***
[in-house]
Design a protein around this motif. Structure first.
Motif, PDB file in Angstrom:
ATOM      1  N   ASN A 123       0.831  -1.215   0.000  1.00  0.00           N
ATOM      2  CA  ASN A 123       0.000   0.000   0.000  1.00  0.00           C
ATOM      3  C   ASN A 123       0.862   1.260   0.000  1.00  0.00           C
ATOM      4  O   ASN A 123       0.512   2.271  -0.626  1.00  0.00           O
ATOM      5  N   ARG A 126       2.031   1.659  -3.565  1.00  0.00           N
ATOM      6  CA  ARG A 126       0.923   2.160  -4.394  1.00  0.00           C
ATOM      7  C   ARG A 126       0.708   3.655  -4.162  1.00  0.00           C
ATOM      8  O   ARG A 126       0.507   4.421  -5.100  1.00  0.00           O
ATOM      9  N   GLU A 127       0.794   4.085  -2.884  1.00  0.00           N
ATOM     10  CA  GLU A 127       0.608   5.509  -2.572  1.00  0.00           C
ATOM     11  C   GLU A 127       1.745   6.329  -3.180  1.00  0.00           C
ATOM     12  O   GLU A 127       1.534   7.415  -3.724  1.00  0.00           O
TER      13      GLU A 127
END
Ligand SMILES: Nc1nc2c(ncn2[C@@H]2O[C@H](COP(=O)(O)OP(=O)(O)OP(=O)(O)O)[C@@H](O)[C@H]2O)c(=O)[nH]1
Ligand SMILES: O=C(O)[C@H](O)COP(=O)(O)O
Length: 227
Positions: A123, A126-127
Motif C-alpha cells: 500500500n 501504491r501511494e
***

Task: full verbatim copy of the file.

[in-house]
Design a protein around this motif. Structure first.
Motif, PDB file in Angstrom:
ATOM      1  N   ASN A 123       0.831  -1.215   0.000  1.00  0.00           N
ATOM      2  CA  ASN A 123       0.000   0.000   0.000  1.00  0.00           C
ATOM      3  C   ASN A 123       0.862   1.260   0.000  1.00  0.00           C
ATOM      4  O   ASN A 123       0.512   2.271  -0.626  1.00  0.00           O
ATOM      5  N   ARG A 126       2.031   1.659  -3.565  1.00  0.00           N
ATOM      6  CA  ARG A 126       0.923   2.160  -4.394  1.00  0.00           C
ATOM      7  C   ARG A 126       0.708   3.655  -4.162  1.00  0.00           C
ATOM      8  O   ARG A 126       0.507   4.421  -5.100  1.00  0.00           O
ATOM      9  N   GLU A 127       0.794   4.085  -2.884  1.00  0.00           N
ATOM     10  CA  GLU A 127       0.608   5.509  -2.572  1.00  0.00           C
ATOM     11  C   GLU A 127       1.745   6.329  -3.180  1.00  0.00           C
ATOM     12  O   GLU A 127       1.534   7.415  -3.724  1.00  0.00           O
TER      13      GLU A 127
END
Ligand SMILES: Nc1nc2c(ncn2[C@@H]2O[C@H](COP(=O)(O)OP(=O)(O)OP(=O)(O)O)[C@@H](O)[C@H]2O)c(=O)[nH]1
Ligand SMILES: O=C(O)[C@H](O)COP(=O)(O)O
Length: 227
Positions: A123, A126-127
Motif C-alpha cells: 500500500n 501504491r501511494e